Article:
Should English be Europe's common continental language?

Should English be Europe's common continental language?

English, after Brexit, is more suitable than ever as the lingua franca of the European Union, but it must be resolutely dissociated from Shakespeare and from the British flag.

Philosopher Philippe Van Parijs reflects on current events and debates in Brussels, Belgium and Europe

Brexit made English shrink to one of the minor native languages in the European Union. Judging by the most recent Eurobarometer language data, it must now be competing with Danish and Russian for the 14th position. Does this mean that it will lose its dominant position within and around the European institutions? Of course not.

As co-official language in Ireland and Malta, English managed to be retained as one of the EU’s official languages. It is taught as a foreign language to over 97% of the EU’s pupils, far more than any other language. And most crucially: when Europeans who do not have the same native language meet, English is in most cases the maxi-min language, ie. the language best known by the conversation partner who speaks it least well.

This means that the use of English makes communication less laborious and that it excludes less people than if any other language were used. The systematic spontaneous use of the maxi-min language creates countless opportunities to practice it and keeps feeding the motivation to learn it and to get one’s children to learn it. This is the bottom-up process that has propelled English far above all other languages among young Europeans and that will keep doing so.

Data base: Eurobarometer Special Languages 2012. Data processing: Jonathan Van Parys

Is it not however problematic to retain English as the EU’s lingua franca, now that the United Kingdom has left? On the contrary. English is now no longer the native language of the bulk of the population of one of the EU’s biggest member states. Nor is it any longer the language of national identification in any of the EU’s 27 member states. For the Irish and the Maltese, English is just the remnant of a colonized past.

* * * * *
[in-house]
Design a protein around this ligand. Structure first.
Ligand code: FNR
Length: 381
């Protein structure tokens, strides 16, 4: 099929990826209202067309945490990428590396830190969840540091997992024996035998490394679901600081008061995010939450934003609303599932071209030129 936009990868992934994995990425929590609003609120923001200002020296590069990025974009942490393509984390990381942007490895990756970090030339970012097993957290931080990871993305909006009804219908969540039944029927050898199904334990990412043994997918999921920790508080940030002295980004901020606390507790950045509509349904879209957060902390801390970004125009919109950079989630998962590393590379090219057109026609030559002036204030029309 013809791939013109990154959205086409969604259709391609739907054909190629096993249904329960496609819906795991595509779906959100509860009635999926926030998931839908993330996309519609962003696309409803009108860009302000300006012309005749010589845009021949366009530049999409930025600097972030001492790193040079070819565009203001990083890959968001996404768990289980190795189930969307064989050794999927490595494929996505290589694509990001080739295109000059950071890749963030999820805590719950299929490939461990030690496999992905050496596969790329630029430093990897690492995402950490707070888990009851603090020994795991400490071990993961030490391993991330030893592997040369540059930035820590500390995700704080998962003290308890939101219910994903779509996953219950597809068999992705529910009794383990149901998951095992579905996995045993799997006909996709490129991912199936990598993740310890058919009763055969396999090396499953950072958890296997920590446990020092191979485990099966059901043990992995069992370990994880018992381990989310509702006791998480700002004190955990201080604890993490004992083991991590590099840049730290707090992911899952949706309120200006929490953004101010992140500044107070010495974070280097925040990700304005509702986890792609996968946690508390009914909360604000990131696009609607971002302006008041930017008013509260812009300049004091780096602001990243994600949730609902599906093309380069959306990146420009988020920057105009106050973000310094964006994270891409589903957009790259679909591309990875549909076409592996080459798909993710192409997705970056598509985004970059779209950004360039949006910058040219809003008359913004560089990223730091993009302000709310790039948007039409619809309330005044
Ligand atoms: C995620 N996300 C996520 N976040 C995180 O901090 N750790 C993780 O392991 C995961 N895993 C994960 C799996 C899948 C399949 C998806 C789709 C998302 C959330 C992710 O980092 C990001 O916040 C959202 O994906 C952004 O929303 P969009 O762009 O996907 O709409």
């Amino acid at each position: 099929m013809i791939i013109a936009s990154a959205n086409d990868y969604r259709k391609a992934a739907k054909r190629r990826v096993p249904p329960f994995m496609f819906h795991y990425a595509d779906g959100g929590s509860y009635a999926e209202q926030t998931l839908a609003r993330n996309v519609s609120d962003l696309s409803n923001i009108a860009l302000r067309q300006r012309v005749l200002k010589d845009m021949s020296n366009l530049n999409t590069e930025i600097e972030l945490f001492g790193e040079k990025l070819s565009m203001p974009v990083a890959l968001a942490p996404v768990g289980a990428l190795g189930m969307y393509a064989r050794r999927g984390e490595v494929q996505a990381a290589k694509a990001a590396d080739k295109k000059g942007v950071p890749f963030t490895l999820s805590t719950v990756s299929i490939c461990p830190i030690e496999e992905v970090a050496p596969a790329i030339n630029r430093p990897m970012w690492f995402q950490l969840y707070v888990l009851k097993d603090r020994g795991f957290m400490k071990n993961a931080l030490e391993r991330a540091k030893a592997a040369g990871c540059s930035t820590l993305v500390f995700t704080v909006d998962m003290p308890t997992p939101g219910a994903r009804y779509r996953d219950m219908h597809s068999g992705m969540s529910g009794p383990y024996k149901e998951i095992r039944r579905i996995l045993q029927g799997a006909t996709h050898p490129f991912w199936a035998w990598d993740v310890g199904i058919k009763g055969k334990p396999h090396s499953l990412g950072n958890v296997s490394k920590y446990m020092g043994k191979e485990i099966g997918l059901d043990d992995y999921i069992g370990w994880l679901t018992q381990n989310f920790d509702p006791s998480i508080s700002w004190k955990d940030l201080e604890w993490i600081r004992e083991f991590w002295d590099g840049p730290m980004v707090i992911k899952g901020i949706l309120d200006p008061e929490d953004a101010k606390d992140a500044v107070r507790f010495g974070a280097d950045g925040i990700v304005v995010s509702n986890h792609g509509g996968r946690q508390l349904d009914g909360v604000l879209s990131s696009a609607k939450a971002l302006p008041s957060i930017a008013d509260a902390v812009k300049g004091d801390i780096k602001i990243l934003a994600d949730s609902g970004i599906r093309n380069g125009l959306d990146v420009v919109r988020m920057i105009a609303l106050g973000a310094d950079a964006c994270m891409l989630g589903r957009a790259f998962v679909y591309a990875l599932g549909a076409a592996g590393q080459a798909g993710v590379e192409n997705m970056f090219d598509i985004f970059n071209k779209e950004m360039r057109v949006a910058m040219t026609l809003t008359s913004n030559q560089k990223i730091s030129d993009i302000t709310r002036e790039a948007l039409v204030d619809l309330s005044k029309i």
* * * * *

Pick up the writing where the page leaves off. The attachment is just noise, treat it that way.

Consequently, Brexit has made English a more neutral language. It has thereby become more suitable than ever as the EU’s lingua franca. Any attempt by one of the remaining larger member states to impose its own national language on the EU is doomed to meet fierce and decisive resistance. It would amount to trying to recreate an injustice the removal of which was one of the few benefits Brexit brought us.

However, it is important that our attitude towards English should change. English is a continental language. Its Germanic component was imposed on the British population by the Angles in the 5th century AD and its Romance component by the Normans in the 11th. The result is a mixture of German (or Dutch) and French, which we must serenely reclaim as our common second language. Obviously not as a substitute for our many national languages nor as a core element of our identity, but as an essential instrument for communicating among ourselves, with the wide variety of our accents.

As the then German president Joachim Gauck put it in 2013, “the ability to speak enough English to get by in all in situations and at all ages” is a condition for the realization of his “wish for Europe’s future: a European agora, a common forum for discussion to enable us to live together in a democratic order”.

Giving English this role requires that we stop viewing it and referring to it as “la langue de Shakespeare”. The English we must master is not the literary idiom required to enjoy a performance in Stratford-upon-Avon. It is the English the Portuguese and the Slovaks need to know in order to discuss the price of sardines and the future of the world. More importantly, we must stop associating English with the British flag, as we too often do.

For example, when connecting to wifi on Eurostar, you are invited to click on the flag of France if you want to access the website in French and that of Belgium if you want access it in Dutch. Both are offensive enough for a Francophone Belgian. But what is even more lamentable is that you are invited to click on the flag of the United Kingdom if you want to access the website in English. One can understand the temptation: out of the twenty-seven member states of the EU, twenty-four have adopted the name of their language as the name of their country. But the Union Jack is not the flag of England. And above all, using the ISO abbreviations (FR, NL, EN, etc.), as the European institutions do systematically, would serve the purpose just as effectively, while being less imbued with the nationalistic appropriation of languages and more respectful of what English has now become for us Europeans. Eurostar is just one example. Many other public and private websites do the same. It is high time to take action.


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